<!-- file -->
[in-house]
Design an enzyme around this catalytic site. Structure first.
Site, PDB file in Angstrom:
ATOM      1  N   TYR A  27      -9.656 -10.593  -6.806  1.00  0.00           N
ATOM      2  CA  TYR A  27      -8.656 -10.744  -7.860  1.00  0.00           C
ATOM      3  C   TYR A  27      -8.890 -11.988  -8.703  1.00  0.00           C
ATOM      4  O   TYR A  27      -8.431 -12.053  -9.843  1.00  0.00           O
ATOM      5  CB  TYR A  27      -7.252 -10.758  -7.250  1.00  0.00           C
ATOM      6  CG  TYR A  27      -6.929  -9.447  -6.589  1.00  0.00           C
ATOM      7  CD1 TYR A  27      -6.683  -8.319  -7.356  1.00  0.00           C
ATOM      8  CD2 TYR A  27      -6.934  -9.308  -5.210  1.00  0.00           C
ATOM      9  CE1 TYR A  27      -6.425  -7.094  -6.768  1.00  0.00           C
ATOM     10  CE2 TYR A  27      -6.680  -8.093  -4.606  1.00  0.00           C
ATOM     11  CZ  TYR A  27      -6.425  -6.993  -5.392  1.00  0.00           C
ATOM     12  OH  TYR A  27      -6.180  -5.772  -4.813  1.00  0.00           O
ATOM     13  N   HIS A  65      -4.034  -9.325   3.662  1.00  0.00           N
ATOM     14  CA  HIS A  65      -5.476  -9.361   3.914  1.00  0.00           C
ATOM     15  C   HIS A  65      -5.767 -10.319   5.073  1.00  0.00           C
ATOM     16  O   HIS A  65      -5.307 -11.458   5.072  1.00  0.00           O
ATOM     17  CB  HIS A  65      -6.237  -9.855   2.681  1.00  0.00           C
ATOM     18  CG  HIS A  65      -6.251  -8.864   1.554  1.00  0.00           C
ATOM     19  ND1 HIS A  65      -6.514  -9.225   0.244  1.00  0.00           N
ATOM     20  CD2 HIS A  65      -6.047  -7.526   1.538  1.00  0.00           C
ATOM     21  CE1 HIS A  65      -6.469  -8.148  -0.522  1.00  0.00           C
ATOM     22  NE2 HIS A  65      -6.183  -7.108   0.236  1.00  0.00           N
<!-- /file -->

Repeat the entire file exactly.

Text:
[in-house]
Design an enzyme around this catalytic site. Structure first.
Site, PDB file in Angstrom:
ATOM      1  N   TYR A  27      -9.656 -10.593  -6.806  1.00  0.00           N
ATOM      2  CA  TYR A  27      -8.656 -10.744  -7.860  1.00  0.00           C
ATOM      3  C   TYR A  27      -8.890 -11.988  -8.703  1.00  0.00           C
ATOM      4  O   TYR A  27      -8.431 -12.053  -9.843  1.00  0.00           O
ATOM      5  CB  TYR A  27      -7.252 -10.758  -7.250  1.00  0.00           C
ATOM      6  CG  TYR A  27      -6.929  -9.447  -6.589  1.00  0.00           C
ATOM      7  CD1 TYR A  27      -6.683  -8.319  -7.356  1.00  0.00           C
ATOM      8  CD2 TYR A  27      -6.934  -9.308  -5.210  1.00  0.00           C
ATOM      9  CE1 TYR A  27      -6.425  -7.094  -6.768  1.00  0.00           C
ATOM     10  CE2 TYR A  27      -6.680  -8.093  -4.606  1.00  0.00           C
ATOM     11  CZ  TYR A  27      -6.425  -6.993  -5.392  1.00  0.00           C
ATOM     12  OH  TYR A  27      -6.180  -5.772  -4.813  1.00  0.00           O
ATOM     13  N   HIS A  65      -4.034  -9.325   3.662  1.00  0.00           N
ATOM     14  CA  HIS A  65      -5.476  -9.361   3.914  1.00  0.00           C
ATOM     15  C   HIS A  65      -5.767 -10.319   5.073  1.00  0.00           C
ATOM     16  O   HIS A  65      -5.307 -11.458   5.072  1.00  0.00           O
ATOM     17  CB  HIS A  65      -6.237  -9.855   2.681  1.00  0.00           C
ATOM     18  CG  HIS A  65      -6.251  -8.864   1.554  1.00  0.00           C
ATOM     19  ND1 HIS A  65      -6.514  -9.225   0.244  1.00  0.00           N
ATOM     20  CD2 HIS A  65      -6.047  -7.526   1.538  1.00  0.00           C
ATOM     21  CE1 HIS A  65      -6.469  -8.148  -0.522  1.00  0.00           C
ATOM     22  NE2 HIS A  65      -6.183  -7.108   0.236  1.00  0.00           N